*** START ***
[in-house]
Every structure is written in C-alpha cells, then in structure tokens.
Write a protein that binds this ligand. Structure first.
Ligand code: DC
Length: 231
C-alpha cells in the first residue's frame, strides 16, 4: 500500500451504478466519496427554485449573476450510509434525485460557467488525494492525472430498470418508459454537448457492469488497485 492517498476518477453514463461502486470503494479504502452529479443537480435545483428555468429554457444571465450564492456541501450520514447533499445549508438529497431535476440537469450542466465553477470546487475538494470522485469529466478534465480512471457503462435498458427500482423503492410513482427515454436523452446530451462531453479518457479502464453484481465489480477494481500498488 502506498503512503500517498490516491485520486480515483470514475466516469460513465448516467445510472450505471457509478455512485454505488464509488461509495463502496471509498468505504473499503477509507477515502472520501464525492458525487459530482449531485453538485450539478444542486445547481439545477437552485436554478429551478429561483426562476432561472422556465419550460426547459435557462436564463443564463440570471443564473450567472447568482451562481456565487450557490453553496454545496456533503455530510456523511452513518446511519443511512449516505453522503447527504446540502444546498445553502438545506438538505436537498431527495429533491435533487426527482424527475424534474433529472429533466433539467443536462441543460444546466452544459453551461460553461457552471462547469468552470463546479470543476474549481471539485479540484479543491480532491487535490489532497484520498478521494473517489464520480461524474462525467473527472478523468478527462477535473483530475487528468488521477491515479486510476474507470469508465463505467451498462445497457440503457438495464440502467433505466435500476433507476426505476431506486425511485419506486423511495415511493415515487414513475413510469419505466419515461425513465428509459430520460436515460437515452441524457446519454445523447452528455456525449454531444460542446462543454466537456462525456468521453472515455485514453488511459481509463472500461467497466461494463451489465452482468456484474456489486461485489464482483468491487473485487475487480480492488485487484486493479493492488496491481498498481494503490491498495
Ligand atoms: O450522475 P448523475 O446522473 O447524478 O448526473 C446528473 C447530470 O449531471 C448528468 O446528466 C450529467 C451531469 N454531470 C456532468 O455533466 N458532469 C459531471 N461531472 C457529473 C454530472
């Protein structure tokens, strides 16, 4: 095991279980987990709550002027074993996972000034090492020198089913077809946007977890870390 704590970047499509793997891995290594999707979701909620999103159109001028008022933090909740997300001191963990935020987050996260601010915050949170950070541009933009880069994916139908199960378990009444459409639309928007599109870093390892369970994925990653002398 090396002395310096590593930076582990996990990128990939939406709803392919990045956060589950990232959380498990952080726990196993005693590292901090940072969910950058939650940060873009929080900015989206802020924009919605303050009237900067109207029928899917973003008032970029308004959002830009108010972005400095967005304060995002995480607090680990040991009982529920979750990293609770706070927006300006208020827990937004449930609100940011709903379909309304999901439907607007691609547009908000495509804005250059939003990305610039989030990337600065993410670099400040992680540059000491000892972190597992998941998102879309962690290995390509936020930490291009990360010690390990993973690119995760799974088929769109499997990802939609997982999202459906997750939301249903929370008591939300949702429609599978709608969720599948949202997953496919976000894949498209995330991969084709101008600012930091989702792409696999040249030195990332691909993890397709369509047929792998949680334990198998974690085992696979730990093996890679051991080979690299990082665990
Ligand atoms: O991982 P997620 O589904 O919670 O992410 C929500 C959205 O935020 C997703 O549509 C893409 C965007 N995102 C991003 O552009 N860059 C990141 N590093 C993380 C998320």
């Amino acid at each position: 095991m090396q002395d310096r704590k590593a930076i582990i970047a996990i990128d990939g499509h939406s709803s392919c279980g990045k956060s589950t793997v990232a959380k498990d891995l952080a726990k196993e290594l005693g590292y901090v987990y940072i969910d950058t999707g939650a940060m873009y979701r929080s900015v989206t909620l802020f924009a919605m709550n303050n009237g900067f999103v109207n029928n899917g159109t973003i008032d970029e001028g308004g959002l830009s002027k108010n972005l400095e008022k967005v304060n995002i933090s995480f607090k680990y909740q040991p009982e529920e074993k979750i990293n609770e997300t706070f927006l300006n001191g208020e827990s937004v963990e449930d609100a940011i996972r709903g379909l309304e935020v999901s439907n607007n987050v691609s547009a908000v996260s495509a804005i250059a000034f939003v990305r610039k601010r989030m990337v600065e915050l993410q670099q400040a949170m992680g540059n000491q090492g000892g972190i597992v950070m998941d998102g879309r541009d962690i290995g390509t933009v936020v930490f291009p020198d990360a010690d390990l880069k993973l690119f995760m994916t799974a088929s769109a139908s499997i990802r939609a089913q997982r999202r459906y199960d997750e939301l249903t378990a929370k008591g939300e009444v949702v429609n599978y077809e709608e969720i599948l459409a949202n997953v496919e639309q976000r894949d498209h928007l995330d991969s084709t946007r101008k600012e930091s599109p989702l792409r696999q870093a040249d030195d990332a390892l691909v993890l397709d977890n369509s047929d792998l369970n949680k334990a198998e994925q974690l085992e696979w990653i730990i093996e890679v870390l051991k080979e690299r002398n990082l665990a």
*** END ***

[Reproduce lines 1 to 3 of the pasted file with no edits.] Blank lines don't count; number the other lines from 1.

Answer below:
[in-house]
Every structure is written in C-alpha cells, then in structure tokens.
Write a protein that binds this ligand. Structure first.